Recasting Financial Statements

The right way to present financial information when selling your Company

When selling a business, it is critical to properly present financial information. This will maximize the perceived value and, in turn, the valuation of your Company.

Financial statements and tax returns are prepared for tax purposes, not for business sale purposes. The objective of most business owners and their financial advisors is to use all available accepted accounting methods to minimize a company's taxable net income. This strategy is effective for minimizing taxes, but is entirely inappropriate for business sale purposes. The goal when presenting financial information to a potential acquirer is to maximize the presentation of net income and cash flow.

Since the primary factor influencing a company's value is its earnings, maximizing the presentation of the financials is the key. It is imperative that potential buyers are able to "read between the lines" to appreciate the actual cash flow or income generating capability. By recasting or adjusting the financial statements, potential acquirers will recognize the "real" financial capability of the business.

The term "recast financial statements" refers to financial statements that are adjusted to identify owner compensation, owner "perks" or fringe benefits, one-time/extraordinary expenses, non-cash expenses (i.e. depreciation and amortization), interest, investments in future growth and an array of others. There are approximately 60 potential recasting adjustments that could be applicable when recasting financial statements.

The purpose of recasting is not to mislead acquirers. The goal is to provide a clear understanding about the cash generating potential of the business. The following will discuss some of the most common recasting adjustments:

Principal's Salaries
The amount of salary (or bonus) that an owner takes is completely discretionary. Some owners take little or no salary, while others pay themselves exorbitant annual sums. In recasting financial statements actual compensation is replaced with "normalized" compensation. Normalized compensation is best defined as what you would have to pay someone to replace your operational role in the company. This most commonly ranges between $50,000 and $150,000. It could also be as little as zero if the owner has an absentee or passive role in the company. It is important to differentiate between salary for working and compensation for owning a business and then present the balance as recast profit distribution to the owner.

Owner "Perks" / Fringe Benefits
In addition to cash compensation, most business owners receive numerous "perks" or benefits that are not required for the daily operation of the business. While a manager may need a vehicle, he or she may not need a high performance sports car or luxury automobile. There may also be substantial discretionary expenses reimbursed to the owner that could be curtailed by new management without affecting the sales or profit performance of the company. These include insurance expenses, travel and entertainment expenses, family employees and other expenses that will not be applicable to an acquirer once the current owner exits the business.

Pension Plans
In many businesses the owner receives a substantial pension that is expensed through the business. This would clearly be non-recurring to a new owner.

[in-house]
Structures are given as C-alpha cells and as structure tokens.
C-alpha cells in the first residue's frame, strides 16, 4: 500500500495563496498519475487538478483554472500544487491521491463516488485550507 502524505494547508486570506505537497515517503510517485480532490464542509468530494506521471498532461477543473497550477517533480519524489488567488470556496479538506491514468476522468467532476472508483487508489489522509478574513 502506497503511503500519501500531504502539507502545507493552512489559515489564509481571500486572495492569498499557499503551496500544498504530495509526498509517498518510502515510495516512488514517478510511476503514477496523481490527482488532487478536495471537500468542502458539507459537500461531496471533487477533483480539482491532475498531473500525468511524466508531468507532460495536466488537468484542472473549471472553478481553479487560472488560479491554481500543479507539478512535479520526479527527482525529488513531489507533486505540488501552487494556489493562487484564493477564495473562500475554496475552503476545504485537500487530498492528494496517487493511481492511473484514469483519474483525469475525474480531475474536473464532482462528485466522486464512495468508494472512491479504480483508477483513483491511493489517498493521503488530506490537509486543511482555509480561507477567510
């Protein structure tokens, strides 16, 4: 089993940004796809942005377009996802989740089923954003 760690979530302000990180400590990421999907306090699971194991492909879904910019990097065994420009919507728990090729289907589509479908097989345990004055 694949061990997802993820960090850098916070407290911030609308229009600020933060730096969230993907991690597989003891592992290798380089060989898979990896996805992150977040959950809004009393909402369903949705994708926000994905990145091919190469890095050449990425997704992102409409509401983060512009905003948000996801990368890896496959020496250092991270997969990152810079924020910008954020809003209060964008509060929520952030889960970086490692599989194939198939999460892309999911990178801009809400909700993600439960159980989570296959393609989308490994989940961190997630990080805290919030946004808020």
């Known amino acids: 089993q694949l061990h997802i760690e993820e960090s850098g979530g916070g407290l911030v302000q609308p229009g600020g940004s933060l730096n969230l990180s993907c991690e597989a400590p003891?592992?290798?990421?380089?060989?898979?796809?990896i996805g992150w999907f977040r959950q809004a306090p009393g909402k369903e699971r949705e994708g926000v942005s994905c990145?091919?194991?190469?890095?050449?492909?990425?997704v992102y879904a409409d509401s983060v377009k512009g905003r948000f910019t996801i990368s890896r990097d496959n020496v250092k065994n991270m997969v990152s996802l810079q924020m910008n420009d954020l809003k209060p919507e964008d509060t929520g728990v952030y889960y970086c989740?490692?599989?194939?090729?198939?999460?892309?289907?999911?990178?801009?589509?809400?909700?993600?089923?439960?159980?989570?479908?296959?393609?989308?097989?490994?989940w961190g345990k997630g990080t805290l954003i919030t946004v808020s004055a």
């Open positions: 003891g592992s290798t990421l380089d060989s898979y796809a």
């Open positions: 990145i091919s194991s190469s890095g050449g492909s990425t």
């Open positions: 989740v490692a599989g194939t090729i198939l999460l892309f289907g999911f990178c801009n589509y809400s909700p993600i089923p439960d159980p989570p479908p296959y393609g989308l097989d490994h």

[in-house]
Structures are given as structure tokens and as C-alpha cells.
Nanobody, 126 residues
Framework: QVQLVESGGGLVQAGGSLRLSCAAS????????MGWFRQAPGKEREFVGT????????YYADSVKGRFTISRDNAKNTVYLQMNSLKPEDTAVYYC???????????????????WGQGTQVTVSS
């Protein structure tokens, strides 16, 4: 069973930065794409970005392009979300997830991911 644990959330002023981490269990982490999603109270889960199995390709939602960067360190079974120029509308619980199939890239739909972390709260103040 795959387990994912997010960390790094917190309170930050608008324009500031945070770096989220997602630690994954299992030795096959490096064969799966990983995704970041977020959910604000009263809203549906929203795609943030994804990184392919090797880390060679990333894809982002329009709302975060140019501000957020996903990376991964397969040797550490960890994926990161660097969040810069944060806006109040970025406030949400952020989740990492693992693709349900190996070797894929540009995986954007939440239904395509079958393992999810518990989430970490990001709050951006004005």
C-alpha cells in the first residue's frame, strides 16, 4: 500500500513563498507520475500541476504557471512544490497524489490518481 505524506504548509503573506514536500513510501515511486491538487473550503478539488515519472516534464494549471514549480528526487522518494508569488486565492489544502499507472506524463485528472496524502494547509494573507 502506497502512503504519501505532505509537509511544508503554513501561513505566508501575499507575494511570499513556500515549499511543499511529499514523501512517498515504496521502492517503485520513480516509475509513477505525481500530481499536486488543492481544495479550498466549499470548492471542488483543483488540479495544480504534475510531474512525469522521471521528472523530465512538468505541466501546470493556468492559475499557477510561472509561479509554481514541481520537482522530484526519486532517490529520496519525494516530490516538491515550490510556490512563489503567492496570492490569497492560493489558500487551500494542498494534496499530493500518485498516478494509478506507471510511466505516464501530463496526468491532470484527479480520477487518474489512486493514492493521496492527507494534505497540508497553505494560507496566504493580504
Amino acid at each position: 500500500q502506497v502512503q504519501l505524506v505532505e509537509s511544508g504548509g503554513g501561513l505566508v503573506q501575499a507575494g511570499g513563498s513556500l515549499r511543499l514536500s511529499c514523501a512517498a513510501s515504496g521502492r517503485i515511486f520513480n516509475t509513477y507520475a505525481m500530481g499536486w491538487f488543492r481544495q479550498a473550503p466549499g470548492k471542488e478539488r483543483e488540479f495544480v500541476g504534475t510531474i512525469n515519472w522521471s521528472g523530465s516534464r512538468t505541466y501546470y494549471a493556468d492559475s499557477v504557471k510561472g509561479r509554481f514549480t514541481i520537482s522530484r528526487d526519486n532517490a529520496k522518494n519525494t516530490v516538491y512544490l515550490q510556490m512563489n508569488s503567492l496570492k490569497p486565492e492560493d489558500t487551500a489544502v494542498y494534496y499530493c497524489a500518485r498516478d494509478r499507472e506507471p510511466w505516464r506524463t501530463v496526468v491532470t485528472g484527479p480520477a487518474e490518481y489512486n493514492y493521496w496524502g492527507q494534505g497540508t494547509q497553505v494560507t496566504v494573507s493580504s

Non-Cash Expenses
The most common non-cash expense is depreciation. It enables a company to write off capital expenditures over the course of several years. A CPA will recommend that a client accelerate the depreciation schedule in order to maximize the deduction for tax purposes. Since the useful life of the machinery is typically longer than the depreciation period, adjustments must be made to recast a portion of the depreciation expense when presenting the financials to an acquirer. It is generally inappropriate to recast 100% of depreciation since a portion relates to the actual amount of capital expenditures needed to replace worn equipment or keep up with changes in technology.

A business is typically presented as being transferred free and clear of interest bearing liabilities. Accordingly, interest expense should be added back to recast profit since it will be non-recurring to an acquirer.

Non-Recurring Expenses
Also referred to as one-time or extraordinary expenses, these items are not likely to be applicable to an acquirer going forward. Common examples include unusual legal expenses, moving expenses incurred during a company relocation, expenses related to expiring equipment leases and a multitude of others.

Recasting adjustments apply to both the income statement and balance sheet. The book value of the equipment on the financial statement rarely coincides with market value. The fair market value of equipment in its current condition is generally substantially higher than the book value and must be adjusted on the balance sheet. It is also common to normalize the on hand inventory to reflect the saleable inventory, at cost, that will be included in a transaction. A recast balance sheet will also identify assets and liabilities that are excluded from a transaction. For example, if cash is going to be retained by the seller and not included in the transaction, this will be presented accordingly in the recast balance sheet.

Presentation of the financial information is something that cannot be taken lightly during the business sale process. With proper guidance and expertise, a seller can significantly increase the perceived value of the company and ultimately increase the price and terms received.

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